The Metrobus system was created out of local transit lines that went bankrupt, a few years before the then under construction Metrorail subway system began operating in 1976.

The Metrorail system now has 6 lines and 102 stations serving DC, Maryland and Virginia.

42 stations serve DC and 31 stations in the core of the city form a kind of "monocentric system" for DC proper, comparable to the MUNI system vis a vis BART in San Francisco, within the polycentric transit system that is Metrorail.

That sub-network is bounded by Foggy Bottom on the Southwest, RFK on the Southeast, Navy Yard and L'Enfant Plaza on the South, Van Ness on the Northwest and Brookland on the Northeast.

It's no surprise that not only is that section of the city the most prosperous, much of it includes the original L'Enfant City, for DC it is quite populous, and has the shortest distances between residential and activity centers.

Area jurisdictions also have their own bus systems.  Montgomery County's RideOn system is considered a national best practice for suburban systems.  Maryland took over commuter railroad services in the 1980s from Conrail and in the 1990s, Virginia launched the Virginia Railway Express.  Both systems focus on bringing commuters into Washington, but at least with Baltimore, there is some reverse commuting.

The railroad services were Monday-Friday services, although in December 2013 MARC added weekend service to the Penn Line.

WMATA metrorail fare card machinesWMATA is unusual in that it charges fares by mode.  A trip with both subway and bus legs is two fares, with a slight discount.  (Although bus to bus transfers, even between systems, are free.)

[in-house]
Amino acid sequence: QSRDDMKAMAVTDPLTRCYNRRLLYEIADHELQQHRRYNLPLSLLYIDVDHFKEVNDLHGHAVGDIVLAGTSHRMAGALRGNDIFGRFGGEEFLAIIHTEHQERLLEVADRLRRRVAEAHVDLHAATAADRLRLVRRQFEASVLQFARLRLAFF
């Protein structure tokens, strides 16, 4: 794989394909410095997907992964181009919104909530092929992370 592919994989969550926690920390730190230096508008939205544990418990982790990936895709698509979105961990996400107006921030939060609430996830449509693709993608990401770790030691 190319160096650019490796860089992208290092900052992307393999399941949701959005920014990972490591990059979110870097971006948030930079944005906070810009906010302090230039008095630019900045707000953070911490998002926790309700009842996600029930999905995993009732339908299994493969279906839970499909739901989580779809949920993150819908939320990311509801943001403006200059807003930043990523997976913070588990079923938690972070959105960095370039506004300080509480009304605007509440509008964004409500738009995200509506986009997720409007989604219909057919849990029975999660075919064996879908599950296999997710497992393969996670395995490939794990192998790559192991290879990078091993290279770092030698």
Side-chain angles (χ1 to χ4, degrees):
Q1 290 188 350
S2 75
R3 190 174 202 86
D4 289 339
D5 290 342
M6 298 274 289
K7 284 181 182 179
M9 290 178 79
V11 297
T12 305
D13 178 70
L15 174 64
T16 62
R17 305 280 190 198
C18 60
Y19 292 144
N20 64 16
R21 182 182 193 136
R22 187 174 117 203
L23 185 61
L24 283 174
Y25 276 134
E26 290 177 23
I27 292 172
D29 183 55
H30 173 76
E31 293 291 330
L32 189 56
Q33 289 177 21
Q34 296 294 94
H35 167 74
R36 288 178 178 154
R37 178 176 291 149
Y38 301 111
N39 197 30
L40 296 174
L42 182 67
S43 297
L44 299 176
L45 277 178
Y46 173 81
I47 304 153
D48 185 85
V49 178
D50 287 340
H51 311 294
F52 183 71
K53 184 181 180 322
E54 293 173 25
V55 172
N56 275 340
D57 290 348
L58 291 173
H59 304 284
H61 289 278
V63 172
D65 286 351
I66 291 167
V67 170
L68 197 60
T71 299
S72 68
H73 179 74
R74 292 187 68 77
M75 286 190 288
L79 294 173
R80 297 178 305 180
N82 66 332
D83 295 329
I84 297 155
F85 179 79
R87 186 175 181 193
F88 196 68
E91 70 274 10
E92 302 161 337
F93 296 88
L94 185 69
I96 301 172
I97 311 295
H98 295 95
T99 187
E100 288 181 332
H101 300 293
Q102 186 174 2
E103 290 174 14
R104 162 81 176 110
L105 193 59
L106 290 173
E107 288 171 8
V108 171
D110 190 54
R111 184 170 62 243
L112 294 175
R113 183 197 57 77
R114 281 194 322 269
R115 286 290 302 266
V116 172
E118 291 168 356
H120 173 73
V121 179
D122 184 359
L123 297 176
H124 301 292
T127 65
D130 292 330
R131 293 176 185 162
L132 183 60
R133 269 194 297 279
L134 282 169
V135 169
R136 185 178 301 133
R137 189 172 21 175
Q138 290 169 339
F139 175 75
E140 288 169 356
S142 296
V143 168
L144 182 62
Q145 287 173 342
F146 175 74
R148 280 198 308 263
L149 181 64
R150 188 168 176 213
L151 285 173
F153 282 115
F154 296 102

Two stations extended the blue line further into Maryland and opened in early 2004 while an infill station on the Red Line was built in DC's NoMa district and opened later that year.

Separately, Maryland is building a light rail system in Montgomery and Prince George's County that will intersect with Metrorail and MARC and open in 2022.

An extension to the Silver Line with 6 stations including service to Dulles Airport will open in 2020.  An infill station is being developed for the Potomac Yard section of Alexandria and will open in 2022.

DC taxi at the Wharf, Water Street SW2. Taxis. In various forms, taxis have served DC for more than 150 years.

For a long time DC used a flat rate zone fare system preferencing short trips in the core.  Under the zone system, taxis could carry separate parties and charge each a separate fare.

In 2008, they switched to a distance based system and could no longer take multiple fares in a single trip ("D.C. Cabs Told to Switch From Zone Fares to Meters," Washington Post).  With the change, taxis were also required to accept credit card payments.